Experience the beauty of Kent’s Garden of England as you take a hike around Tunbridge Wells. Glide through lakes surrounded by lush nature and rewarding bluebell seas, or explore nearby Bewl Water.
After your day exploring alluring trails, reward yourself with some Georgian charm at this historic spa town featuring colonnaded walkways, independent boutiques and welcoming cafes. A ‘Royal’ reception awaits – so don’t miss out on adventure and discovery near Tunbridge Wells.
Discover the delights of Tunbridge Wells and surrounding area: a stunning patchwork landscape filled with rolling green hills, pastoral fields and woodlands. It’s an area I know well, having worked and socialised in many years ago, and some of the hikes are a favourite as they are not far to go for me.
Table of Contents
Scotney Castle loop from Lamberhurst
4.2 miles – 1.75 hours
Park in the Broadway car park, then make your way back to the High Street, turning right to walk past the Chequers and the George and Dragon public houses before climbing the hill to reach the road to Court Lodge Estate. Follow the path to Saint Marys church passing it by on the right hand side. Then drop down to meet the river Teise before crossing the Lamberhurst Bypass. Crossover the river and follow the footpath through the Hopfields towards the oast houses at Little Scotney Farm, which date back from the late 19th century. Here you crossover the river again and turn right, following the footpaths that run alongside the river, making your way towards the Scotney Castle estate. Shortly after passing Scotney footpath turns right. Crossover the river once again and make your way back towards Lamberhurst bypass. As you follow the footpath back to the car park you will come across a handy public water fountain.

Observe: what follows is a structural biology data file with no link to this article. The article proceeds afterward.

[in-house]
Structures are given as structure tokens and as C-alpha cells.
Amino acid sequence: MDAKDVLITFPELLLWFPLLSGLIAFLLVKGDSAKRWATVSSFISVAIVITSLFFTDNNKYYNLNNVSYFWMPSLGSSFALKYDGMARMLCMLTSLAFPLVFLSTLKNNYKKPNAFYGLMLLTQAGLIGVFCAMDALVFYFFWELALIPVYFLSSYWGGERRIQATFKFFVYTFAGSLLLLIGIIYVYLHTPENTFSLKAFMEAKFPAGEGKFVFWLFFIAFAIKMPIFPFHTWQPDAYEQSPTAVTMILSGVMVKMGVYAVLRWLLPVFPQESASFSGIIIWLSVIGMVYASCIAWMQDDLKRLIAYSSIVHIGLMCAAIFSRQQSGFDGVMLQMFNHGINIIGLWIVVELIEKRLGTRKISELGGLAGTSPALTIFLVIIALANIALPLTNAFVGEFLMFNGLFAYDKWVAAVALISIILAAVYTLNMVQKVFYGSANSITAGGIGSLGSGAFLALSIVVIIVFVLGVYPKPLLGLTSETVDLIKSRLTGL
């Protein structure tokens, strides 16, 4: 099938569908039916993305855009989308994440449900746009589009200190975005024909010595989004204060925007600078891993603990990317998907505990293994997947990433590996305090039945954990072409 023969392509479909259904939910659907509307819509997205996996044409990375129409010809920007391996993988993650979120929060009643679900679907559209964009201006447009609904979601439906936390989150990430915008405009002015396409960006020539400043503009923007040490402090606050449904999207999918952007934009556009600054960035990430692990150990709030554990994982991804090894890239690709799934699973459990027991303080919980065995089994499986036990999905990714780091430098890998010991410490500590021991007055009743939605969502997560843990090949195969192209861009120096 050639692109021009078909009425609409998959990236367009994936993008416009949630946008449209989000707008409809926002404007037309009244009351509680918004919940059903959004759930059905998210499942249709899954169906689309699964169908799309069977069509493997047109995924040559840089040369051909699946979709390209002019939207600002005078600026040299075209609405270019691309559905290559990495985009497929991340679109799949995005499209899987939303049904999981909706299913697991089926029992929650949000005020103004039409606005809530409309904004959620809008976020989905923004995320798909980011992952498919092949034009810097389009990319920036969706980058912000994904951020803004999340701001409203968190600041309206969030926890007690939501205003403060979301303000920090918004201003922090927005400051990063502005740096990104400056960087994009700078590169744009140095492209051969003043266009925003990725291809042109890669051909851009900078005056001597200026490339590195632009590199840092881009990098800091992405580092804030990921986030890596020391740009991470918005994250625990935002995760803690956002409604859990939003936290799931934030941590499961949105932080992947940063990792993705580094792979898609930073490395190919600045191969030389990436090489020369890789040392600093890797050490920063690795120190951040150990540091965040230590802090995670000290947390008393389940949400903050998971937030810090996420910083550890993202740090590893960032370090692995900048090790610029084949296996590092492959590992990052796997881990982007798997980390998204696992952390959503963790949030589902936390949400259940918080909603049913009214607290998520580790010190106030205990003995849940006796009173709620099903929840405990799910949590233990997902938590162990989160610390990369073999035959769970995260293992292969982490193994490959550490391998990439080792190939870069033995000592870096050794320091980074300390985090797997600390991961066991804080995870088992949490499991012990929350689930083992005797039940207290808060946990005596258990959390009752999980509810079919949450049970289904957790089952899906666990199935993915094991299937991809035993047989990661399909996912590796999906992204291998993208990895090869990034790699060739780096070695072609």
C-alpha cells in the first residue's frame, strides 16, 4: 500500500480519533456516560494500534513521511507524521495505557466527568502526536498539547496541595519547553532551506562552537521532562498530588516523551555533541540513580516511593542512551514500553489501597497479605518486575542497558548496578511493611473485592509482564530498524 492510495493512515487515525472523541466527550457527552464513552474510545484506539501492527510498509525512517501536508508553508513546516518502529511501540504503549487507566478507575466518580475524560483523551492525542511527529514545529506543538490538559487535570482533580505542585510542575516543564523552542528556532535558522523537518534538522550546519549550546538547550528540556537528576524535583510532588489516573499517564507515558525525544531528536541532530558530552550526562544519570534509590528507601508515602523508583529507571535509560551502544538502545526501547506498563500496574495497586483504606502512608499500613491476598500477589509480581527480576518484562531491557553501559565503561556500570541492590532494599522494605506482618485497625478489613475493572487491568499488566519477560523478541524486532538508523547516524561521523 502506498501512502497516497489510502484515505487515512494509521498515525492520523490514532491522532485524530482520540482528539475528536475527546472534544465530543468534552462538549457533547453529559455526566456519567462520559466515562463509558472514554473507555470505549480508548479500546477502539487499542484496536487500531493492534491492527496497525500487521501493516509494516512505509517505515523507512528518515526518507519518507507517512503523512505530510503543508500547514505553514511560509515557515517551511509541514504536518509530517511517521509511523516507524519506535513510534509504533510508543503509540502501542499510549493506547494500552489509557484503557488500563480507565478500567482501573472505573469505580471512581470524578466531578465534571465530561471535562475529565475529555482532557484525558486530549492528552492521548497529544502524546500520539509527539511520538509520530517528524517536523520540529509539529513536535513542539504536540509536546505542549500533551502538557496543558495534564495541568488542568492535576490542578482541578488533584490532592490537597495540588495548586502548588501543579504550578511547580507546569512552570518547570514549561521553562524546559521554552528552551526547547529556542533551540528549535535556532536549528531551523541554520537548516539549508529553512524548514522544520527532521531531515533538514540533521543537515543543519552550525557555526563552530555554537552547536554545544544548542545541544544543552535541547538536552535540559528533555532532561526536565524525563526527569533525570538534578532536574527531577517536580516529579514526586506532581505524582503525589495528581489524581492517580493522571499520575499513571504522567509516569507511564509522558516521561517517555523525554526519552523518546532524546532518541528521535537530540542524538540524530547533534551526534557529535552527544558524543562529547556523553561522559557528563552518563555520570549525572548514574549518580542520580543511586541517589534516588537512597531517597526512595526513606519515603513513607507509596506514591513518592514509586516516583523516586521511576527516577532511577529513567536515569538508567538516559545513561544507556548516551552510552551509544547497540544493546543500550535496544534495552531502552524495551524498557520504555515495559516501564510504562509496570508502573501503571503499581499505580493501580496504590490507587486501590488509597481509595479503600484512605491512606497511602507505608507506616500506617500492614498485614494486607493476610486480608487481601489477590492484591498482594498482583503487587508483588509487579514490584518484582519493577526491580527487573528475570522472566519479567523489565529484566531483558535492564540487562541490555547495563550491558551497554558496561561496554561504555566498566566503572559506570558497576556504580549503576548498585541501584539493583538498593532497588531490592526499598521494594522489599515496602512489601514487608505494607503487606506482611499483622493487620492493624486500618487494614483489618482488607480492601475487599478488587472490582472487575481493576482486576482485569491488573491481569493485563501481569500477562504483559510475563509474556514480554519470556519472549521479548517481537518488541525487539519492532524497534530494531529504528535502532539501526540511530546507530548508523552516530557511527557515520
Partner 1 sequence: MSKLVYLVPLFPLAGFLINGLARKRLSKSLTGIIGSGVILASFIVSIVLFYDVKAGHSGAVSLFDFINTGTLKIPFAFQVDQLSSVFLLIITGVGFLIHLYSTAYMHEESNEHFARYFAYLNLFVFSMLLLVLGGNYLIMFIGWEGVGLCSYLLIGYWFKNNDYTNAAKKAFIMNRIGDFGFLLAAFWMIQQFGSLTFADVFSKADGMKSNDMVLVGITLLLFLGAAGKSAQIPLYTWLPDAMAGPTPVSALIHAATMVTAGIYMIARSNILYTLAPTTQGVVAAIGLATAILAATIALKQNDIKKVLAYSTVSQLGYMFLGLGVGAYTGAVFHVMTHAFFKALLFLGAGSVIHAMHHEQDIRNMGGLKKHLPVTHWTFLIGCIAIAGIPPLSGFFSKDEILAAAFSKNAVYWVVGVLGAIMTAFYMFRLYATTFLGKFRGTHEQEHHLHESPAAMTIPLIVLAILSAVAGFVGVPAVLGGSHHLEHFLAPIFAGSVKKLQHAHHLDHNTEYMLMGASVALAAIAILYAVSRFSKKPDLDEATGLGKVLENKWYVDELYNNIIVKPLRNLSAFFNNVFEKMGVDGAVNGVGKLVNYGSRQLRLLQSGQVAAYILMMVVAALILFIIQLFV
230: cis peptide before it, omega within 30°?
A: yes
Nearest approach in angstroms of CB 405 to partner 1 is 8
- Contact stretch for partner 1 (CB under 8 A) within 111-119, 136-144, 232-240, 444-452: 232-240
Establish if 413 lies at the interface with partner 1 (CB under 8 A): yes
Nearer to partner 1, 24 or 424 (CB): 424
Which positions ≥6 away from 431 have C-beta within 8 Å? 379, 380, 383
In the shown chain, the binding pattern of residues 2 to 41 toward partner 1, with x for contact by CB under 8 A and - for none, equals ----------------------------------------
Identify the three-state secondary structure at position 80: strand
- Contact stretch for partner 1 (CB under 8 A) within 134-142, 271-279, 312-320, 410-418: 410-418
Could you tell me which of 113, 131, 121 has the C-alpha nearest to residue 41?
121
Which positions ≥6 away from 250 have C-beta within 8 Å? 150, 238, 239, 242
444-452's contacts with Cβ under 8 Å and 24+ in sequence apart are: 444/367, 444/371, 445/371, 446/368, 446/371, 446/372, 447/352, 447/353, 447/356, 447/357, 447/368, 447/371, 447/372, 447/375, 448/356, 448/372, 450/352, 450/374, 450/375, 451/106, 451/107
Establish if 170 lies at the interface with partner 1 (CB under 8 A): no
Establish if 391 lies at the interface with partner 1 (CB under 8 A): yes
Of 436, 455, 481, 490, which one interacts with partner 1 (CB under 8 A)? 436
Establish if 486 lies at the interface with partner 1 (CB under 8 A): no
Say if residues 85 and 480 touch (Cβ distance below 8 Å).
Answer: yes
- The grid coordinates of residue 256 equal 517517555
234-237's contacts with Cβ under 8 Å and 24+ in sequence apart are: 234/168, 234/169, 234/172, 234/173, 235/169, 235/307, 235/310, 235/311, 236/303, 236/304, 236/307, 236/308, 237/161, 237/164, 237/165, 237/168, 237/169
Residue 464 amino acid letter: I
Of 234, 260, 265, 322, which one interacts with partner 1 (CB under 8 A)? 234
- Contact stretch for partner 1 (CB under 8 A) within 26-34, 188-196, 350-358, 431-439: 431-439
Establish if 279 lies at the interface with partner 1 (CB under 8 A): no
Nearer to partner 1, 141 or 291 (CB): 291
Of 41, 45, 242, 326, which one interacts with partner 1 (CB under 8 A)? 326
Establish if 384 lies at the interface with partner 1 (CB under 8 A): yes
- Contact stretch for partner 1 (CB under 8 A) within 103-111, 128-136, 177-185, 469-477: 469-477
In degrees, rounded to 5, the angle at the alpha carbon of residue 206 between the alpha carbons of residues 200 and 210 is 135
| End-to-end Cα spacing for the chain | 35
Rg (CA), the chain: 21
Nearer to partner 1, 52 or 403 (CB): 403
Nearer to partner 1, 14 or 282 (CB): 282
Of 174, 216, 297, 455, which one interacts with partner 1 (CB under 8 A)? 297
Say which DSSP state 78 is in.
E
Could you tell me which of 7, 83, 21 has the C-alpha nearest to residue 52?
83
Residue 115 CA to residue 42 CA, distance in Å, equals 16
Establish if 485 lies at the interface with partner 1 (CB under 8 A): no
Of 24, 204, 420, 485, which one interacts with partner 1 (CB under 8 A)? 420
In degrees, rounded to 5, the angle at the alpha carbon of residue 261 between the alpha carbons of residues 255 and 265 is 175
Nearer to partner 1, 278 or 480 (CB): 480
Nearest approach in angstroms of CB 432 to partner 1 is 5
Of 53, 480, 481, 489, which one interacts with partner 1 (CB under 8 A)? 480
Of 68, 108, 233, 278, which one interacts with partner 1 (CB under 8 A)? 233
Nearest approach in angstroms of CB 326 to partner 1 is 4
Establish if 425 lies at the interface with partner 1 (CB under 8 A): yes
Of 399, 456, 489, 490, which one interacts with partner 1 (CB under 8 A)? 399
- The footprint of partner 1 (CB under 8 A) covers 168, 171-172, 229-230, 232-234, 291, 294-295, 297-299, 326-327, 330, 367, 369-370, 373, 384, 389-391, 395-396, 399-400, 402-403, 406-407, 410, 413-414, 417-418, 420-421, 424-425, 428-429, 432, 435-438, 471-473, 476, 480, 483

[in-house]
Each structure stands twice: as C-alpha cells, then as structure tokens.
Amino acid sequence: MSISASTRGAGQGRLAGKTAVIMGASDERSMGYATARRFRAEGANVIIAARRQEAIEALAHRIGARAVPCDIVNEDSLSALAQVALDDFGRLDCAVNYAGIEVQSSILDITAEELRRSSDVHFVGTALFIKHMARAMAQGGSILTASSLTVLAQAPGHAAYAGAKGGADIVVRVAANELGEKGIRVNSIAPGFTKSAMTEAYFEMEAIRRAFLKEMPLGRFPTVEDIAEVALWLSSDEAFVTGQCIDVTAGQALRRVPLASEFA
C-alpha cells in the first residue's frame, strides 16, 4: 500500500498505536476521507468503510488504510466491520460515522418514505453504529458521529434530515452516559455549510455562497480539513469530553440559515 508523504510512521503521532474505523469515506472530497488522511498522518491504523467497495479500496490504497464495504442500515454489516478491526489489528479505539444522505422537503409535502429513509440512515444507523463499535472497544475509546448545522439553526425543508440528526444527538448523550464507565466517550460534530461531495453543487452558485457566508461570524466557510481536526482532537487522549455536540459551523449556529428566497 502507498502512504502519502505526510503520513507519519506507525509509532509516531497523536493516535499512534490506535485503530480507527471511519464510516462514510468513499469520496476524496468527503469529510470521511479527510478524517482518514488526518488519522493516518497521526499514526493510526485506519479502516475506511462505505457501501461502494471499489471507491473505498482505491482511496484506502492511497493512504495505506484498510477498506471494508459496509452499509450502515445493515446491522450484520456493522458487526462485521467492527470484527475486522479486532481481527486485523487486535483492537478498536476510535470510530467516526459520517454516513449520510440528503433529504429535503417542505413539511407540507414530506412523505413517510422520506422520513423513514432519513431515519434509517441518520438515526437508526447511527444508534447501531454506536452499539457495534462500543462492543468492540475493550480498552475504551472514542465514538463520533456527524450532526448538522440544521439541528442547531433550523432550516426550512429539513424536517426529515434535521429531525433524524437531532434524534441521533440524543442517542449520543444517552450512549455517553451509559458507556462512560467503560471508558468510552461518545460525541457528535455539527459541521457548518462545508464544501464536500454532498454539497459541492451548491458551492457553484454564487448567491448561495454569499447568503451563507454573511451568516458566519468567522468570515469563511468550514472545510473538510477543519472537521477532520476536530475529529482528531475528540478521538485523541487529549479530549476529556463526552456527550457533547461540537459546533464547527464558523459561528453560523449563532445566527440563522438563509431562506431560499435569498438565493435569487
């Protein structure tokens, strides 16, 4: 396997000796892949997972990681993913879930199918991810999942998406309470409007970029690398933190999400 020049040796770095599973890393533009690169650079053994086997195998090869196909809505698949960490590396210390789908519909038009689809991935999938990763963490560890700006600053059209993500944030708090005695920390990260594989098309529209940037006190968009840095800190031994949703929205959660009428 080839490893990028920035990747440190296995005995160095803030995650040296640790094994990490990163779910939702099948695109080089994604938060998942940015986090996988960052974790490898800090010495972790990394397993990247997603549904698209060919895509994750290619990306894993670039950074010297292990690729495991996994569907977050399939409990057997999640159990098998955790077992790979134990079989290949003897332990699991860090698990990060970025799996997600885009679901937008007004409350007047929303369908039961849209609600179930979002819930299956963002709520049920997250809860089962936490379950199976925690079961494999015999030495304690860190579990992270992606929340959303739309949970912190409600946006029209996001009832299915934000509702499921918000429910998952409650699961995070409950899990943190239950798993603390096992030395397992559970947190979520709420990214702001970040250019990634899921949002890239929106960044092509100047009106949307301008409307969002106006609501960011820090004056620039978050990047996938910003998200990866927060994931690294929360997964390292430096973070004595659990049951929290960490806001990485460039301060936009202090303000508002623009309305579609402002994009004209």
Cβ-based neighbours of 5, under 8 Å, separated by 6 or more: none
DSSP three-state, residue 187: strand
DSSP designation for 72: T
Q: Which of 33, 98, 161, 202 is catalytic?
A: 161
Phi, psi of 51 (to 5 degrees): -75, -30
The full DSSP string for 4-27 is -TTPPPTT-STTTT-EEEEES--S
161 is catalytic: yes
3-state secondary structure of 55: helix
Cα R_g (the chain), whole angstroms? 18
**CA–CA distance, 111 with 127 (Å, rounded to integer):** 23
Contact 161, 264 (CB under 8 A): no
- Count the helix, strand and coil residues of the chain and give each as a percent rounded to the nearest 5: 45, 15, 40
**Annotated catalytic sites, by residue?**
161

Sandhurst loop including Bodiam Castle and St Nicholas Church
7 miles – 3 hours
My very first school trip was to Bodiam Castle, oh so many years ago, so it holds a special place in my heart. Open start at Sand Hurst Cross head up Bodiam Road before finding a footpath on your left. About halfway towards Sharps Hill, there’s a left turn here and then this crosses over Silverden Lane. Keep on the footpath passing Bourne Farm Oast and before you reach Piper Farms, take a sharp left. From here, it’s a two mile walk along the footpath, crossing over Bodiam Road, before reaching the 14th century moated castle. Hopefully you’ll have time to explore the castle and its grounds, but if not head eastwards and then north towards St Nicholas Church and the final destination back at Sandhurst Cross.
Tunbridge Wells, Speldhurst and Groombridge Place loop
10.7 miles – 4.5 hours
From Tunbridge Wells station, head diagonally over Tunbridge Wells Common, meeting the Langton Road at the Spa Hotel. Follow the road until you pick up the footpath on the right hand side towards Rusthall. Follow Rusthall High Street till you reach Erskine Park Road on your right hand side. Take a right and then at the end a left down towards Lower Green Road. As you reach this junction there’s a narrow road then footpath across country that takes you to Speldhurst. Turn left at the George & Dragon, heading up Penshurt Road. where you’ll soon turn left into Southfields. Follow this and the footpath at the end will take you to Bullingstone Lane. Turn right, then quickly cross over and on the left there’s a path that takes you down to Legg’s Lane. A quick right then left takwes you behind langton Green Village Hall and the recreation ground. Follow the path and after a couple of miles you’ll find yourself in Groombridge, passing The Crown Inn and St John the Evangelist Church. From there it’s not far to Groombridge Place and The Enchanted Forest. From here there’s a footpath which leads you parallel t the riverside all the way back to The High Rocks. Keep following the path until it leads you back top Tunbridge Wells, and follow the Eridge Road back to the station.